Always Bet on Void
The ship was as dead as the world below it.
There was no taste of death. Or sight, or sound, or touch. If death could be tasted, Selendis didn't know it. But she was a protoss. She had seen death. Dealt death. And now, after teleporting into the interior of the derelict, she could sense it as well.
"Ship is deprived of oxygen," Duermenach said, holding out a sensor crystal into the air before them. "Leave respirators on."
Selendis nodded. The zealots and vindicators spread out. Holding herself in place, she activated her suit's psychic booster.
On the ship. We shall investigate.
Any sign of life?
No. Selendis cast her eyes through the gloom and dust. There's only death here.
And everywhere else. Through the Khala, Selendis could feel Artanis's pain, even as he tried to hide it. Well, see what you can find. And do not take risks, Executor. There have been too many deaths already.
I will. En taro Tassadar.
Selendis shut down the booster while activating her psi-blade. Blue light shone through the gloom. Nodding to her cadre, she led the way.
Artanis was right, the templar reflected. There had been too many deaths. Even now, as the forces of the Fallen One ravaged the galaxy. Only the world before them had been dead long before that. Analysis of the ship they were on was much older than any protoss vessel in existence. And according to scans from the Shield of Aiur, potentially more powerful as well.
Gods willing that it is.
The gods? What are the gods? Selendis heard the voice of Bohdanec in the Khala. Where are the gods besides the one that hunts us?
The gods will save us.
Selendis sent out a spike of mental energy, and her templar fell silent. Constant battle had taken its toll on them psychologically as well as physically. It was why she hoped, prayed, that this vessel could make a difference. That if the xel'naga were gods, and they were merciful, the antithesis of the would-be god who made war on Creation itself, their progenitors had provided salvation.
Selendis stopped. The thought. It wasn't her own. Or any of her fellow Firstborn. The thought felt…almost…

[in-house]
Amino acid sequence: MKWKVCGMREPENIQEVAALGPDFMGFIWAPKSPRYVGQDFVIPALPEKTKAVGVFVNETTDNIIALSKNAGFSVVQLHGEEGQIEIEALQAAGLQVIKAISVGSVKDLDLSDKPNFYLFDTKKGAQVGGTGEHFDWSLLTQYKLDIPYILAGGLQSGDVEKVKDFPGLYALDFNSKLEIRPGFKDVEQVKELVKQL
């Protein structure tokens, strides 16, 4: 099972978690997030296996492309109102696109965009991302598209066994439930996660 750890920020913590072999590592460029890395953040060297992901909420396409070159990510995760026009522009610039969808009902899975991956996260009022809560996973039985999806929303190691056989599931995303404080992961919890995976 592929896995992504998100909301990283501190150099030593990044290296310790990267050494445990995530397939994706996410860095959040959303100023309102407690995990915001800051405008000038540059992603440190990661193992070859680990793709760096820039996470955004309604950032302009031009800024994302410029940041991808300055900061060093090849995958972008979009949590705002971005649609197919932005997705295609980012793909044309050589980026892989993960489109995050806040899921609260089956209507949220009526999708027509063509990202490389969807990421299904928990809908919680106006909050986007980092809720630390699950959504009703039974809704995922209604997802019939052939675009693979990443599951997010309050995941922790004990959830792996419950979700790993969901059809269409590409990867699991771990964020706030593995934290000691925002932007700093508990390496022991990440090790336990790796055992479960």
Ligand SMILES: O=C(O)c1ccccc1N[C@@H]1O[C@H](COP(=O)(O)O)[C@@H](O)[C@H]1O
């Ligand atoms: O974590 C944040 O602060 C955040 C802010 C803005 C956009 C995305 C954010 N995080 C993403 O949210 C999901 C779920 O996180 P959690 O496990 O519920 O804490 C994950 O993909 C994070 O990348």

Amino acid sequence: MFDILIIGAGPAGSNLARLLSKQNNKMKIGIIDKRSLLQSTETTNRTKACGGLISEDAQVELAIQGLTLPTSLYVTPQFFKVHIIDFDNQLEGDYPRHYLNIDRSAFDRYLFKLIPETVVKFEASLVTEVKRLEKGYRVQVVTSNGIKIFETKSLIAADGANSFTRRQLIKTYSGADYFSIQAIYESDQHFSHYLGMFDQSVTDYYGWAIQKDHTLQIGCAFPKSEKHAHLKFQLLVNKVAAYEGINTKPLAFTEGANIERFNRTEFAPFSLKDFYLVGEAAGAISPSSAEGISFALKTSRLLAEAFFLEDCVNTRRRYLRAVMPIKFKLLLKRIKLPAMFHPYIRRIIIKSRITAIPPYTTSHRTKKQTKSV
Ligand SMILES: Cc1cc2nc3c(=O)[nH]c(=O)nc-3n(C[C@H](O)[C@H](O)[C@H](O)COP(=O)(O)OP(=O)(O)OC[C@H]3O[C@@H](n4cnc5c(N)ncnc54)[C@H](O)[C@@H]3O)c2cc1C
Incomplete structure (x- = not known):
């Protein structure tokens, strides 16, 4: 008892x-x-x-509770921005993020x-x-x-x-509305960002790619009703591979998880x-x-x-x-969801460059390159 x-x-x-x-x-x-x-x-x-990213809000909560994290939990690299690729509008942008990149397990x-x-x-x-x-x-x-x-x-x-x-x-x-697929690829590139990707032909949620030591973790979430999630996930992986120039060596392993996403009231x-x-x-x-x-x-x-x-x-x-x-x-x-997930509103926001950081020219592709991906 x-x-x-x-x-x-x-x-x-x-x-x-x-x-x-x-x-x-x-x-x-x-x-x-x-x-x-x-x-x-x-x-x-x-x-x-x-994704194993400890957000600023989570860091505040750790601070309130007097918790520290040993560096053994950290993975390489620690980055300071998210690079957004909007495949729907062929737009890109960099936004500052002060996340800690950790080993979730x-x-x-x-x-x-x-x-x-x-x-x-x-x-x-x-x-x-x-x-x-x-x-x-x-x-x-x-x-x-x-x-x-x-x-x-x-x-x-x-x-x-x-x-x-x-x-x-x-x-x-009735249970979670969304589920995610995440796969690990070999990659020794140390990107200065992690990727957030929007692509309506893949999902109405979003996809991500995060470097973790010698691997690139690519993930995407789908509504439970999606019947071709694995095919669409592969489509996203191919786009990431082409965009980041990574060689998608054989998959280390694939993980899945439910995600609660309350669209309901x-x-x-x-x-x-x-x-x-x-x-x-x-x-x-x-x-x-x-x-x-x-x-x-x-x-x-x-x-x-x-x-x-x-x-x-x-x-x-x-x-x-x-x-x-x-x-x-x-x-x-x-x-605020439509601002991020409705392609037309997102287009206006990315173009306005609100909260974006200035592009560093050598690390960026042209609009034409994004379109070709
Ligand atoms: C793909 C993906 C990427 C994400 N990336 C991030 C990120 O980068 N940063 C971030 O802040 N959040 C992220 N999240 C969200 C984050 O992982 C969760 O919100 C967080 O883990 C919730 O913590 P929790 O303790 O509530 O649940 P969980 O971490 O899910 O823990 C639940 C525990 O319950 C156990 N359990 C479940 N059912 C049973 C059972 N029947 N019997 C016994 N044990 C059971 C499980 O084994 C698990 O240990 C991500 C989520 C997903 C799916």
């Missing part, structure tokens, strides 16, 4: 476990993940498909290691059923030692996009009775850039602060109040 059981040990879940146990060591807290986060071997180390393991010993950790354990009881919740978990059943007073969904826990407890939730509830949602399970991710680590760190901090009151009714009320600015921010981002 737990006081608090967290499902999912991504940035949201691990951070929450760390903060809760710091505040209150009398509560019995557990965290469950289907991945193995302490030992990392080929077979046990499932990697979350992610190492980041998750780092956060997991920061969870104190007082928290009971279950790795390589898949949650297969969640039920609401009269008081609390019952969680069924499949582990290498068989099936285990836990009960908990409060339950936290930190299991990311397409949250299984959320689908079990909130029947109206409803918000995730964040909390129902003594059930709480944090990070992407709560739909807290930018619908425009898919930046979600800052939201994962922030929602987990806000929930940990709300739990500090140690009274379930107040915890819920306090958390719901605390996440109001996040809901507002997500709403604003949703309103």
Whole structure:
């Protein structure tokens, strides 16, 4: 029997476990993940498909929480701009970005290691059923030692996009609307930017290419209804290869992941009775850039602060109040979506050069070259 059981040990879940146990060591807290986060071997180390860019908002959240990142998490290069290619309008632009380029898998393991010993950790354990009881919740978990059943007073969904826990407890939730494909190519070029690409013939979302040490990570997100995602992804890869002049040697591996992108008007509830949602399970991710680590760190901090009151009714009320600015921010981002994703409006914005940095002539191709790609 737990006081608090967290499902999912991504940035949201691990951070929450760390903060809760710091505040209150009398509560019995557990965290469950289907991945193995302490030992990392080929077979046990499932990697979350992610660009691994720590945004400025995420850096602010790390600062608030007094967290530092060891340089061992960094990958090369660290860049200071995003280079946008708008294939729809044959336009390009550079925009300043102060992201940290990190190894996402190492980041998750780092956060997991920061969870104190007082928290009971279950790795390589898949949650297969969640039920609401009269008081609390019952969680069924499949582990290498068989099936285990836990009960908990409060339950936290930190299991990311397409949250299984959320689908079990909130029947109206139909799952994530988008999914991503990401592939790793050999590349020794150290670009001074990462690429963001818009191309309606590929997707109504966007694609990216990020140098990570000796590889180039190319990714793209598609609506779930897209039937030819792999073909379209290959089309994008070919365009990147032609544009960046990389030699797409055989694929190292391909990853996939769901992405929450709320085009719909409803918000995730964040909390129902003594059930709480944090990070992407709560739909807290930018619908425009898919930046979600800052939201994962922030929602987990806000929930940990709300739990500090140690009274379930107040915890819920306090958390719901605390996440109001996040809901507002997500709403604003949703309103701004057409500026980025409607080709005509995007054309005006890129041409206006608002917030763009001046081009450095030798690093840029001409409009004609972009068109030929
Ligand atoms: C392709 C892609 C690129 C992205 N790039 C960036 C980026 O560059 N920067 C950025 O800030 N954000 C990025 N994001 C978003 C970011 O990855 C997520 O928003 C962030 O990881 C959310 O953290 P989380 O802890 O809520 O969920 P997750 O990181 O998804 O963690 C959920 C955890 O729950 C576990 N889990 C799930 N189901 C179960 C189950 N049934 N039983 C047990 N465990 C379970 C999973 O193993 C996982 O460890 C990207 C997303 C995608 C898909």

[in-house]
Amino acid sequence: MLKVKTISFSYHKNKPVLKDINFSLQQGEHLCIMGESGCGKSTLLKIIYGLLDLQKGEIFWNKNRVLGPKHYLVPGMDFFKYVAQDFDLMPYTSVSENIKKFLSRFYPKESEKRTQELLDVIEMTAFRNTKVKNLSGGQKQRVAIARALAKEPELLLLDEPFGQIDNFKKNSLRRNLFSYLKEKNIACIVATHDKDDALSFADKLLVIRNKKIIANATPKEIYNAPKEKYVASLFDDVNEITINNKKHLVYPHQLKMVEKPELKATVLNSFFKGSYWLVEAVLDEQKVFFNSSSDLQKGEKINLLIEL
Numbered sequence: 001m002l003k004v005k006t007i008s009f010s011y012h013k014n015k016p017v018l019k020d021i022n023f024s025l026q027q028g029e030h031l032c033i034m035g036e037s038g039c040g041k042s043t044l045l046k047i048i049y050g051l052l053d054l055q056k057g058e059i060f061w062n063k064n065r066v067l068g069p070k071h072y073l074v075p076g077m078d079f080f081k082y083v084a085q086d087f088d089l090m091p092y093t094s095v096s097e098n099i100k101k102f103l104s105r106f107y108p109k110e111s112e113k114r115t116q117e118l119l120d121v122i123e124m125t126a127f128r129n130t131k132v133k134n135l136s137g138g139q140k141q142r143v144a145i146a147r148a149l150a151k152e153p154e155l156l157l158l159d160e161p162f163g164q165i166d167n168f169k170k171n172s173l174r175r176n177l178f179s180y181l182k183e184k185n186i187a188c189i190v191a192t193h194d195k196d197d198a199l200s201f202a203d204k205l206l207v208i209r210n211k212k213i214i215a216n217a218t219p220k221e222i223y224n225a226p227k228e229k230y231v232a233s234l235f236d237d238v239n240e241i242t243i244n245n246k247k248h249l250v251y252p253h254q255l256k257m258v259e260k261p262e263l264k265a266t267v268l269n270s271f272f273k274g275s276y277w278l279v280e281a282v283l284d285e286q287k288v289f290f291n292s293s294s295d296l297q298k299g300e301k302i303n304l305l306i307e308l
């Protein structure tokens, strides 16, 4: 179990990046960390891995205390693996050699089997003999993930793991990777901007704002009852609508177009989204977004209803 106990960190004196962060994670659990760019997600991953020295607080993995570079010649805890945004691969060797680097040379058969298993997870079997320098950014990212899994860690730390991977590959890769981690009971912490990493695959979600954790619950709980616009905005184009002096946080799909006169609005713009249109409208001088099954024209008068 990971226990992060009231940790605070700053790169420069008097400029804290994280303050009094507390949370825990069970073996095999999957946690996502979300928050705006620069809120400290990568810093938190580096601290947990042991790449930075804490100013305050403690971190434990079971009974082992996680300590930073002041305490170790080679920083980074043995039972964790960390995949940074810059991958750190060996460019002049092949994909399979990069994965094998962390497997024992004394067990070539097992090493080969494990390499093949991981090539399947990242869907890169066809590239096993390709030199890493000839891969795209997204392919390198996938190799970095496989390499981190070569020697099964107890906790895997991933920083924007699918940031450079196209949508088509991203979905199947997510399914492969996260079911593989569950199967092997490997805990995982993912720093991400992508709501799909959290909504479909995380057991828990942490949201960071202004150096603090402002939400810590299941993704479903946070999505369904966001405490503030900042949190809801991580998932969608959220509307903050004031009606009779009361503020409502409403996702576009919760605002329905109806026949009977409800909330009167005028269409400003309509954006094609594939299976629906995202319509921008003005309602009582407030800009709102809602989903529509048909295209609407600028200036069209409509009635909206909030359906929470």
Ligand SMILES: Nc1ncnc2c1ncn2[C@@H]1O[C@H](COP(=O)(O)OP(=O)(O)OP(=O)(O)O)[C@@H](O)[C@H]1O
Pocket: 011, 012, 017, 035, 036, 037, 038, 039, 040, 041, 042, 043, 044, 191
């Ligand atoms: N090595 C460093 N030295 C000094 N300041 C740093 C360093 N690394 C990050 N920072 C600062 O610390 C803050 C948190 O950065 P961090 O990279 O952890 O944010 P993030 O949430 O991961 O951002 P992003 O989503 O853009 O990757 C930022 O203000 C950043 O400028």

Not like that of the hierarch. Who had contacted her again. Both through thought, and as a schematic filtered over her respirator's HUD, through images.
Scans have revealed an energy source near your location. I want you to investigate.
Selendis kept walking. Her fellow templar followed. And-
I did not lead my people to their home in order to allow their destruction. If the call has come to defend Hiigara then I must do so. It is neither duty nor obligation that drives me; it is simply what must be.
Stopped short. Stumbled. Put her hand to her forehead.
Stroked her nerve endings.
What ails you?
Felt her mind wander at the thought. Her own. From outside.
And she walked. Faster. To the source. The point on her HUD. And reached the blast door.
Our way is blocked, Duermenach observed. We-
The executor thrust both her blades into the frame. Within moments, the door had been cut open.
Could do that, I suppose.
Selendis looked back at her cadre. There was no hiding in the Khala. Their exact thoughts perhaps, but their emotions? Confusion. Frustration. Hatred. For a moment, Selendis wished there were enemies on this ship. Her fellow templar needed an outlet.
"Go," she said. "I will enter."
Nodding, the templar left.
Alone? Why alone?
Is this sanctioned?
In the dark again…zhakul inok.
And left their mark. Selendis nonetheless turned and entered. And beheld the sight.
No, she told herself. The gods had nothing to do with this.
You are alone.
I can take care of myself. This ship is bereft of foes.
No. In the Khala. You feel outside it almost. You…
Silence returned to the protoss's mind, matching the silence in the room. Leaving her alone. Besides the being in front of her. The-